For Bandha Bikes Co-Director Laurel Hamilton, growing up on the beautiful Oregon coast instilled a love and respect for the environment at an early age. She learned about the importance of environmentally friendly solutions from passionate parents who had systems to avoid creating any trash whatsoever, only bought environmentally friendly products, and regularly took their children on hikes and camping trips to commune with nature.
At the age of 13, she started to develop another interest: Learning about diverse cultures and people living in the very foreign worlds of developing countries. “It all started when a family friend moved to a village setting while volunteering with the Peace Corps in Madagascar and began sending letters about her experiences to my family,” Laurel explains. “From that point on, I always wanted to learn about foreign ways of life through travel and study.”
After high school she pursued an undergraduate degree in Biological Anthropology and in her early twenties went on her first solo trip to Mexico where she spent a semester teaching English. It was there, and on subsequent trips to Central and South America, India, and Nepal, that Laurel began to understand both the value of these different ways of life as well as the extreme injustice of unmet basic human needs all over the world.
It was when she came to George Washington University in Washington, DC, to pursue her Masters in Global Public Health that her interest in integrated environmental and community health solutions began to develop.
“To really influence lasting change, society needs to find ways to address the interrelated nature of all things,” Laurel says. “Without a healthy environment -- land, water, crops, food, air -- people cannot be healthy. And without finding sustainable solutions that can last long after we as individuals have moved on, positive change cannot take place.”
It was for some of these same reasons that Laurel started to ride a bicycle as her main form of transport while living in DC. Her concerns about the pollution caused by other forms of transport plus the value of exercise between long bouts of sitting at a desk made cycling a great multifaceted solution. As a cyclist in DC she also found time to advocate for improved infrastructure and encourage many women to take up two-wheeled adventures as well.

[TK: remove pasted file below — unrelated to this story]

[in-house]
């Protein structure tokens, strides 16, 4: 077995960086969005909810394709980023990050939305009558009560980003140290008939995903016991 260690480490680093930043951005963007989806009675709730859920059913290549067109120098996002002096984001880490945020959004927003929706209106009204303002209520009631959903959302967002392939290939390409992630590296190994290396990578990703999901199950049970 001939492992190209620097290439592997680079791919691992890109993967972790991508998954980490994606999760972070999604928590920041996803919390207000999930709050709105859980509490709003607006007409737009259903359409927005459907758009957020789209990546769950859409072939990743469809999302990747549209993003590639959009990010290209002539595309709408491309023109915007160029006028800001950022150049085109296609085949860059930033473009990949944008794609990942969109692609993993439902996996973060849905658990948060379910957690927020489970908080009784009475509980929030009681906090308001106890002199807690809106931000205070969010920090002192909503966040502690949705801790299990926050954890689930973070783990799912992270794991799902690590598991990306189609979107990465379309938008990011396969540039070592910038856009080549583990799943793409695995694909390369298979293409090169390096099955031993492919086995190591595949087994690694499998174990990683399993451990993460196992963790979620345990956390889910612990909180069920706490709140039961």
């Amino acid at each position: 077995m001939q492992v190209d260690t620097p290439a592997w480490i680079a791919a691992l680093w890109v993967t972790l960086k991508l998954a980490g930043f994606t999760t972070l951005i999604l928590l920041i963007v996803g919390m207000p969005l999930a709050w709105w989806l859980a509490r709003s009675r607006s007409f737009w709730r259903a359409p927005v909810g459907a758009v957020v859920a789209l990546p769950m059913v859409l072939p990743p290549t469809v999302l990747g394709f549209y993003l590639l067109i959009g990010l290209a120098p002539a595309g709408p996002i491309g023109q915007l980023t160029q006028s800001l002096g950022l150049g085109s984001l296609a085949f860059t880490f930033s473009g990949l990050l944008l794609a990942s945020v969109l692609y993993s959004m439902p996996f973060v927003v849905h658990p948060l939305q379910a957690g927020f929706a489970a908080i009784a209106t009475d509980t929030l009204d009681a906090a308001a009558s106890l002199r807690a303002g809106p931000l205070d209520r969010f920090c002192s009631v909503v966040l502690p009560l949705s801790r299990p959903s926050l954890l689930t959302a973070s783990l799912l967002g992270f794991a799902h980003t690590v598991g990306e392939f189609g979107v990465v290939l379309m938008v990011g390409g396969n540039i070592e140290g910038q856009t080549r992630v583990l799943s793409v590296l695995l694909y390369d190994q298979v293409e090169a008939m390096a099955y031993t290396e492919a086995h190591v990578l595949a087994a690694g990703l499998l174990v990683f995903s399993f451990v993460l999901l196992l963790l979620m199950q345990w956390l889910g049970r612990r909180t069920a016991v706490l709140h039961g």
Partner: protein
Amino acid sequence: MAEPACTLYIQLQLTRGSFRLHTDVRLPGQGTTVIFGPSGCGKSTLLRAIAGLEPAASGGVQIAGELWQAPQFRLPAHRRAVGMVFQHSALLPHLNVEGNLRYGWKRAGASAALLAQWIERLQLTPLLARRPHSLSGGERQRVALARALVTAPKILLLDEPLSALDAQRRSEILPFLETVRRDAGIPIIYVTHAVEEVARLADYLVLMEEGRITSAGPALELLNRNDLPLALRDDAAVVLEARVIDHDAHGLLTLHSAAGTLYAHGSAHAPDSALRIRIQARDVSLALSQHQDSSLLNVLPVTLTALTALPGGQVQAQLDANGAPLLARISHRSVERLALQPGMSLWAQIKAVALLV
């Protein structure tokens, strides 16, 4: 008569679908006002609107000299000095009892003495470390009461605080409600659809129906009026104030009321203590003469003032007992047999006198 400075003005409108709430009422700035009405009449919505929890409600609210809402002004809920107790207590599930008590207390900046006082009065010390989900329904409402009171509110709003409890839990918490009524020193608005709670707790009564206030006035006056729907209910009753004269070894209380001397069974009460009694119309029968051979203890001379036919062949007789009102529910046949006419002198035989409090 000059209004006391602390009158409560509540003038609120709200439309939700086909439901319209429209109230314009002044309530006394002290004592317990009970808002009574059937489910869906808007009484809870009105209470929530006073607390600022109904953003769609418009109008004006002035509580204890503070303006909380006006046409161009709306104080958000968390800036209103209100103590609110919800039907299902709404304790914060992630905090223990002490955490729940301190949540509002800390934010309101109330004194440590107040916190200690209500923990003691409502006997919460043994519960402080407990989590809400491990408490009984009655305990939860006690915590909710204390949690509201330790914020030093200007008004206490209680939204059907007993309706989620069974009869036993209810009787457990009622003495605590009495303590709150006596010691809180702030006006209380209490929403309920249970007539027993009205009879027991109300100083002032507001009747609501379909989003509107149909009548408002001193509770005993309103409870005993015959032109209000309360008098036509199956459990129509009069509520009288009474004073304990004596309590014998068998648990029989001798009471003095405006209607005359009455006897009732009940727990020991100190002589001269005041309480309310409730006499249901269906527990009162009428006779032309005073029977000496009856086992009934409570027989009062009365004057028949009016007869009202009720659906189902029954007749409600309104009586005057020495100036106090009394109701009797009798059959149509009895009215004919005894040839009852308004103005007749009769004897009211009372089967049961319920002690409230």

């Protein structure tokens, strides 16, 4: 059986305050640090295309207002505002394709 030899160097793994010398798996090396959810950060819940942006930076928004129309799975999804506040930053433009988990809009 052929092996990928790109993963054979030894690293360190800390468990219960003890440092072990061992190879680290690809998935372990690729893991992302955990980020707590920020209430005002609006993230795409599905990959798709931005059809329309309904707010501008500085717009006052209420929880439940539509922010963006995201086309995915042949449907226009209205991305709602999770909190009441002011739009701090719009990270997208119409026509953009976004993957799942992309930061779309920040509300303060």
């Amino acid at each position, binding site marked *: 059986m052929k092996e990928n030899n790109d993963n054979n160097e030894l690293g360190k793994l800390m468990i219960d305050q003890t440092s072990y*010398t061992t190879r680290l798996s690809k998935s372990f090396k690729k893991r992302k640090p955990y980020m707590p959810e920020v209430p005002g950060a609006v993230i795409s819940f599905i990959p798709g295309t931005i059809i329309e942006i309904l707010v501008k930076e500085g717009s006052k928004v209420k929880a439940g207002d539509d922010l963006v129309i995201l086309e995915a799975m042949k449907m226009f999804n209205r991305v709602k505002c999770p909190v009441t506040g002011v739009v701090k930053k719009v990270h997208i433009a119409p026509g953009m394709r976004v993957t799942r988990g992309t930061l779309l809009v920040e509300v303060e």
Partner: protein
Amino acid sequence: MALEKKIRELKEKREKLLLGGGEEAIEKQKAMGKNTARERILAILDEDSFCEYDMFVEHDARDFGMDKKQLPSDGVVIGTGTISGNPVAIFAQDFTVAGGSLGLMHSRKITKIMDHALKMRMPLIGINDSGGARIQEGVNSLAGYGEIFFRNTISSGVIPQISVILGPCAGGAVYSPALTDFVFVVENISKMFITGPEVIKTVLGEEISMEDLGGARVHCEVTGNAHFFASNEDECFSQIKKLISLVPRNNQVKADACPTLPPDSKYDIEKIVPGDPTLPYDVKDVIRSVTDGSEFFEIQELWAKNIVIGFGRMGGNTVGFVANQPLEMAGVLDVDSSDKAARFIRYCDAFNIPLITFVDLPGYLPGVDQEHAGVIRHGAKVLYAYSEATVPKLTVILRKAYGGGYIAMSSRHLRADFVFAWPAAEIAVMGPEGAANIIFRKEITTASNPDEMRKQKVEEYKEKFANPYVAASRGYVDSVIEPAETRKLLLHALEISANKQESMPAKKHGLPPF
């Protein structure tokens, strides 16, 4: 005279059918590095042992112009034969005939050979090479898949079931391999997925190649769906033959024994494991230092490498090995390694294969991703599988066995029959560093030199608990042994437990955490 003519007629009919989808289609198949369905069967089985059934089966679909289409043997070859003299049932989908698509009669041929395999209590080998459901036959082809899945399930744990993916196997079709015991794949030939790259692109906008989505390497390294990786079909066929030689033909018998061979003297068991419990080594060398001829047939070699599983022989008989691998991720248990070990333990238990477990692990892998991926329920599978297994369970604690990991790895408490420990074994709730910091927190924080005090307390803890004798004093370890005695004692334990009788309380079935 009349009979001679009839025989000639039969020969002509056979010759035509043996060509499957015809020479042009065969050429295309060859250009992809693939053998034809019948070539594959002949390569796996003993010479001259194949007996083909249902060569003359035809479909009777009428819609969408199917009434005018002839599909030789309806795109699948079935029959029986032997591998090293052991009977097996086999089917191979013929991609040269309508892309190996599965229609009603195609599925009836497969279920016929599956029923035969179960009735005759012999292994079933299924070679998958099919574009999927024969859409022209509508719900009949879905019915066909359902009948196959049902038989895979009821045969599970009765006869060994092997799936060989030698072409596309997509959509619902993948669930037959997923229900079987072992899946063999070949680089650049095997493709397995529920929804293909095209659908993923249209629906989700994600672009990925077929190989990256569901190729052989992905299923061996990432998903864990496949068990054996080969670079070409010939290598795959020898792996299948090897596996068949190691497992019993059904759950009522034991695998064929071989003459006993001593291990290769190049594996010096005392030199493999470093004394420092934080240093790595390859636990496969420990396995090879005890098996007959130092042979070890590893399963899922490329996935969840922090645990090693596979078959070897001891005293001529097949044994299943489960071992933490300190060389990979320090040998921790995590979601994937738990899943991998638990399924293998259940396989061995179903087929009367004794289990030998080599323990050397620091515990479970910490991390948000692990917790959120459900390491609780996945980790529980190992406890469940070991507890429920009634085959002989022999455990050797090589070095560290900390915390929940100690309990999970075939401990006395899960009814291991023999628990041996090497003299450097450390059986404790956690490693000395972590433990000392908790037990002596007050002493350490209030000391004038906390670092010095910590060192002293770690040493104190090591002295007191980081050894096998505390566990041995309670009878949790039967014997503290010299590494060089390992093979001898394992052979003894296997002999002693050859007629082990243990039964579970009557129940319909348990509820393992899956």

Soon after graduating with her MPH in 2012, Laurel heard about Hatch International’s Bandha Bikes project. By pairing locally sourced and locally built bamboo bicycles with gender and financial literacy education programs, Bandha Bikes aims to provide subsidized bicycles to the most at-need families in rural Uganda. There, because roads and public transit are limited, a bicycle can provide access to distant economic opportunities, health facilities, education centers, water, and wood collection sites. The project’s goals were a perfect fit for all of Laurel’s interests including integrated economic, health, environment, and gender impacts. The fact that the product was a bicycle, something Laurel uses on a regular basis as a tool for personal empowerment and improving the environment and her own health, was icing on the cake.
Her initial role was assisting the Project Director in all administrative and project planning duties, but she soon took on more responsibility as Co-Director and helped to develop the business plan and preliminary budgets and keep the rest of the team on task. This summer Laurel took her dedication one step farther, participating in an on-the-ground pilot in Uganda while there working in an unrelated public health position. She spent weekends preparing for the Bandha Bikes pilot bicycle training in a village outside of Jinja, Uganda, working alongside local partners to harvest and treat bamboo from a farm near beautiful Lake Victoria. She also visited hardware shops in the capital of Kampala and nearby town of Jinja to research and gather the local materials necessary for building.
After a week training two local Ugandans on the process of building the bamboo frame, Bandha Bikes is one step closer to fulfilling its mission of providing bikes to the many women walking miles a day to provide food and water for their families, children walking miles to attend school, and men unable to find work due to long distances to markets.
After returning from Uganda, Laurel moved to Los Angeles with her boyfriend and plans to continue her pursuit of integrated solutions and work toward improving the many environmental and health challenges of Los Angeles County. While she will be stepping back from her role as Co-Director, Laurel will continue as an advisor for the Bandha Bikes team. “The coming years are pivotal for the project. After all the knowledge we’ve gained in the last few years and the relationships we’ve built with partners, the tipping point to implementation of the project will soon be within reach.”
Hatch International’s Bandha Bikes projects aims to improve the well-being of impoverished Ugandans by providing rural communities with economically and environmentally sustainable bicycles. For more information on Bandha Bikes or to help support the project please click here.
This blog post was written by Susan Patterson, Communications Director for Hatch International.